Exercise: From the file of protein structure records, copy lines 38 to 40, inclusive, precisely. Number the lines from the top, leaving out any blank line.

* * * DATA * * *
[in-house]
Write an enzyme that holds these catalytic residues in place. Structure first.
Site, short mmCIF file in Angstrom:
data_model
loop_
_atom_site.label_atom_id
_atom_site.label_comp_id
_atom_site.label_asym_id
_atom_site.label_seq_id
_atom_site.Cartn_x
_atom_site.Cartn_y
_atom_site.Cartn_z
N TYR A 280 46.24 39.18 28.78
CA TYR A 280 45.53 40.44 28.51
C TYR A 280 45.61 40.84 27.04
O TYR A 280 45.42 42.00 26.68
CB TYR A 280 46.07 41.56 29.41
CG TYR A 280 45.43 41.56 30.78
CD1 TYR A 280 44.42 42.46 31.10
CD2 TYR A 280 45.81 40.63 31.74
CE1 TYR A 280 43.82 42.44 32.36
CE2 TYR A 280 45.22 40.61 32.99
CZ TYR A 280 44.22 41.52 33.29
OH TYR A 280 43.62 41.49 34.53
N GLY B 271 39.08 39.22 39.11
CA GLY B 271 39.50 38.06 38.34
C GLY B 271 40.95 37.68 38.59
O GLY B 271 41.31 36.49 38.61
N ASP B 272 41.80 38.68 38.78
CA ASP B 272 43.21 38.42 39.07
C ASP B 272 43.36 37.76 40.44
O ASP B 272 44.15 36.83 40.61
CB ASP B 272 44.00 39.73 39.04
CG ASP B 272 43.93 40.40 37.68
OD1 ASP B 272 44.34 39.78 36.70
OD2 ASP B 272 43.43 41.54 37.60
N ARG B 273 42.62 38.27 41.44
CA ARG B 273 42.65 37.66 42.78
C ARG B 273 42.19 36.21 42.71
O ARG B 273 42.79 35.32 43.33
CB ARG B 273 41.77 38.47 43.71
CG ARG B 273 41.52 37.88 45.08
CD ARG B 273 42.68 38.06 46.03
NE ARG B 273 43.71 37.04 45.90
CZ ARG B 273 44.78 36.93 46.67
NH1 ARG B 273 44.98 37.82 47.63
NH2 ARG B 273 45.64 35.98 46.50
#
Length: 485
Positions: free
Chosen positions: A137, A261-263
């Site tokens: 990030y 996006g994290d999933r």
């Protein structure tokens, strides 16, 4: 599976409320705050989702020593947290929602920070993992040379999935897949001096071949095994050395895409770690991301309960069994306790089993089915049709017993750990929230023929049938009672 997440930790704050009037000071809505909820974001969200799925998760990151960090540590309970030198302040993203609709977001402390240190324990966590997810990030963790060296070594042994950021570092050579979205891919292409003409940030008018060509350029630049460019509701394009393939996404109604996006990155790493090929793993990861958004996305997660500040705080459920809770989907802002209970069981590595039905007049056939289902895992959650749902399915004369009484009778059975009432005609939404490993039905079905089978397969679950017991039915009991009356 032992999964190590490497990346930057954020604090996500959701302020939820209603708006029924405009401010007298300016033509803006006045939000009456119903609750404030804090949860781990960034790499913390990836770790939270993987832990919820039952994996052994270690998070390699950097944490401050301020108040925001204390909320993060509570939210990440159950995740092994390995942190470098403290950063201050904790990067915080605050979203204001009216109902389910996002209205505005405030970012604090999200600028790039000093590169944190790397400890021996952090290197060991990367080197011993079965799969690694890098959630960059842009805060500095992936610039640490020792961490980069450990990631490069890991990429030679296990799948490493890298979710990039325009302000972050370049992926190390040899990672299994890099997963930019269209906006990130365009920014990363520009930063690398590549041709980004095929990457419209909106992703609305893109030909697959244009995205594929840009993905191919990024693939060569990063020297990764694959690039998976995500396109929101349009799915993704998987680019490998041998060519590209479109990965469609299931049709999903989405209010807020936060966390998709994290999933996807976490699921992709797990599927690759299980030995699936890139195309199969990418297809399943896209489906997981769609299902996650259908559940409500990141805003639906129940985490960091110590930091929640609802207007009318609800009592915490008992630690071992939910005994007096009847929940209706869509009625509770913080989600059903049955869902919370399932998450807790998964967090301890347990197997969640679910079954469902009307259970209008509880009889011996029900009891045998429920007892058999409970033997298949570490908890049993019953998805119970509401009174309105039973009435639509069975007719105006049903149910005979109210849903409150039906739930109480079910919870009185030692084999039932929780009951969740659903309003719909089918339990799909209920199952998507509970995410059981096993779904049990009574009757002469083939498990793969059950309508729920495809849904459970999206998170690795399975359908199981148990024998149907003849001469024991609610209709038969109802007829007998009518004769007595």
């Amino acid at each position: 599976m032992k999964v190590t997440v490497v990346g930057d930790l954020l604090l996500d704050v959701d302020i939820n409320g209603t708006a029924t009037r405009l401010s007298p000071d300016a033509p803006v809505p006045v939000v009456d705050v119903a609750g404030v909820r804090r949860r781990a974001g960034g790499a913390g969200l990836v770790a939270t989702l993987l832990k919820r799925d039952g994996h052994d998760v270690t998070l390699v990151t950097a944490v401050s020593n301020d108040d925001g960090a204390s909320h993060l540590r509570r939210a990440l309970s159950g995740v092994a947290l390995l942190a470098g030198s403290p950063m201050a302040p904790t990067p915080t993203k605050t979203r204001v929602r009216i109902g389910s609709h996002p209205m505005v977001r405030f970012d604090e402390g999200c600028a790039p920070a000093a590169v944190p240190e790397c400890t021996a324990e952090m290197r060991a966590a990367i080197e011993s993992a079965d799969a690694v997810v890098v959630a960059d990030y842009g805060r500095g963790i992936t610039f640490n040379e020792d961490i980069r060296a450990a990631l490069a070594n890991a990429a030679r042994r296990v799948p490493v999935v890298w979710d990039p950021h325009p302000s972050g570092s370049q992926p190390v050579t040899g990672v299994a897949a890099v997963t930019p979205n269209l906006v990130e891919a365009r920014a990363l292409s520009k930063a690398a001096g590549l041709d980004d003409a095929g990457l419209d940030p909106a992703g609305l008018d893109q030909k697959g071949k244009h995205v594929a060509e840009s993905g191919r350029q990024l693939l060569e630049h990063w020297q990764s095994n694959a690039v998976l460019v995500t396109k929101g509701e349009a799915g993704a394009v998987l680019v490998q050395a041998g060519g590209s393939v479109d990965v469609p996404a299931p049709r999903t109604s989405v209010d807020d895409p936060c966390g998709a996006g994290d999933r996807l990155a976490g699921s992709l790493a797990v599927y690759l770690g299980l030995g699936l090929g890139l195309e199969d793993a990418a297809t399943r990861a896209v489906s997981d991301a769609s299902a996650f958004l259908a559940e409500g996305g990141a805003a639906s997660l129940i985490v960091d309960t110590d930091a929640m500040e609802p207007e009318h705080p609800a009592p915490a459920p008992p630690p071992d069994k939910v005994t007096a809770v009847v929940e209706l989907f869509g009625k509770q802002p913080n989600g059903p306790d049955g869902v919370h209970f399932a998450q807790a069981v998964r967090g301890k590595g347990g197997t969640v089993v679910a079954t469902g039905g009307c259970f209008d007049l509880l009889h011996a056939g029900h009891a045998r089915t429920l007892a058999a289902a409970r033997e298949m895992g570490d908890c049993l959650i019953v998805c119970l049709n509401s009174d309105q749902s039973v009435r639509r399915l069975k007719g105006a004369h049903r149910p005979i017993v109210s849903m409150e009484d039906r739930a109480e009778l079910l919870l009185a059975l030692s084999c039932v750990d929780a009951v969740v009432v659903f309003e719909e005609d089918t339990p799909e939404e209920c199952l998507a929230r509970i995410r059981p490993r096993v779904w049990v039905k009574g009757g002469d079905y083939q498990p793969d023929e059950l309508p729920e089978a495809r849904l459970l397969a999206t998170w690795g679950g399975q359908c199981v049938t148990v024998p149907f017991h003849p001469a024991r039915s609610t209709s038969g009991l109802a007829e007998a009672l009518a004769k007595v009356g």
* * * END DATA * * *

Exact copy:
CA ARG B 273 42.65 37.66 42.78
C ARG B 273 42.19 36.21 42.71
O ARG B 273 42.79 35.32 43.33